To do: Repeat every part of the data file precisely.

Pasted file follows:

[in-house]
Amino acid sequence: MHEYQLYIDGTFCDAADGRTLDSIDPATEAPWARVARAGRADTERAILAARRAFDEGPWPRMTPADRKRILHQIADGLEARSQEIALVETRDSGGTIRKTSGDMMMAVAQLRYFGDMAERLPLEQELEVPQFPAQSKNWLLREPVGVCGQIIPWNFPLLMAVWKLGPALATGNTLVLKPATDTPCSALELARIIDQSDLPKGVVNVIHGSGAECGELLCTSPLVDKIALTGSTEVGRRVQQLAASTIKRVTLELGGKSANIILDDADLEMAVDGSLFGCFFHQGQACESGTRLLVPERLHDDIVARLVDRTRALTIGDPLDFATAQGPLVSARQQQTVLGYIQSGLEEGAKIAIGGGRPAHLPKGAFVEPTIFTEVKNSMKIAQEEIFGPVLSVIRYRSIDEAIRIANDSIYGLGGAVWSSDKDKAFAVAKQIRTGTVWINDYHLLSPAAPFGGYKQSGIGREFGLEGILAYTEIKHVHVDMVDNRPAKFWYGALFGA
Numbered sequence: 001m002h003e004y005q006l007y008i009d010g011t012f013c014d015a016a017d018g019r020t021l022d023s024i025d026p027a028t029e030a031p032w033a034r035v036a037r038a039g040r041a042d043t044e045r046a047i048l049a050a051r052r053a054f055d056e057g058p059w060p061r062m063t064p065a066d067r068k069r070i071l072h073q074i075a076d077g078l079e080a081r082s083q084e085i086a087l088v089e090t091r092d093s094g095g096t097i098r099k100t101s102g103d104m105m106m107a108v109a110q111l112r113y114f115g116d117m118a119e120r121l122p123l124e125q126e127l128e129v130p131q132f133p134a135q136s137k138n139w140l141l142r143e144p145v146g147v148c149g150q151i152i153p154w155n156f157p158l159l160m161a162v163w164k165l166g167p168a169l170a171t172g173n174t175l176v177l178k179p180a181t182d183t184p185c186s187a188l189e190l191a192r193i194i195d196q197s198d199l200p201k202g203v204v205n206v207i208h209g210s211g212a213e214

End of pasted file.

[in-house]
Amino acid sequence: MHEYQLYIDGTFCDAADGRTLDSIDPATEAPWARVARAGRADTERAILAARRAFDEGPWPRMTPADRKRILHQIADGLEARSQEIALVETRDSGGTIRKTSGDMMMAVAQLRYFGDMAERLPLEQELEVPQFPAQSKNWLLREPVGVCGQIIPWNFPLLMAVWKLGPALATGNTLVLKPATDTPCSALELARIIDQSDLPKGVVNVIHGSGAECGELLCTSPLVDKIALTGSTEVGRRVQQLAASTIKRVTLELGGKSANIILDDADLEMAVDGSLFGCFFHQGQACESGTRLLVPERLHDDIVARLVDRTRALTIGDPLDFATAQGPLVSARQQQTVLGYIQSGLEEGAKIAIGGGRPAHLPKGAFVEPTIFTEVKNSMKIAQEEIFGPVLSVIRYRSIDEAIRIANDSIYGLGGAVWSSDKDKAFAVAKQIRTGTVWINDYHLLSPAAPFGGYKQSGIGREFGLEGILAYTEIKHVHVDMVDNRPAKFWYGALFGA
Numbered sequence: 001m002h003e004y005q006l007y008i009d010g011t012f013c014d015a016a017d018g019r020t021l022d023s024i025d026p027a028t029e030a031p032w033a034r035v036a037r038a039g040r041a042d043t044e045r046a047i048l049a050a051r052r053a054f055d056e057g058p059w060p061r062m063t064p065a066d067r068k069r070i071l072h073q074i075a076d077g078l079e080a081r082s083q084e085i086a087l088v089e090t091r092d093s094g095g096t097i098r099k100t101s102g103d104m105m106m107a108v109a110q111l112r113y114f115g116d117m118a119e120r121l122p123l124e125q126e127l128e129v130p131q132f133p134a135q136s137k138n139w140l141l142r143e144p145v146g147v148c149g150q151i152i153p154w155n156f157p158l159l160m161a162v163w164k165l166g167p168a169l170a171t172g173n174t175l176v177l178k179p180a181t182d183t184p185c186s187a188l189e190l191a192r193i194i195d196q197s198d199l200p201k202g203v204v205n206v207i208h209g210s211g212a213e214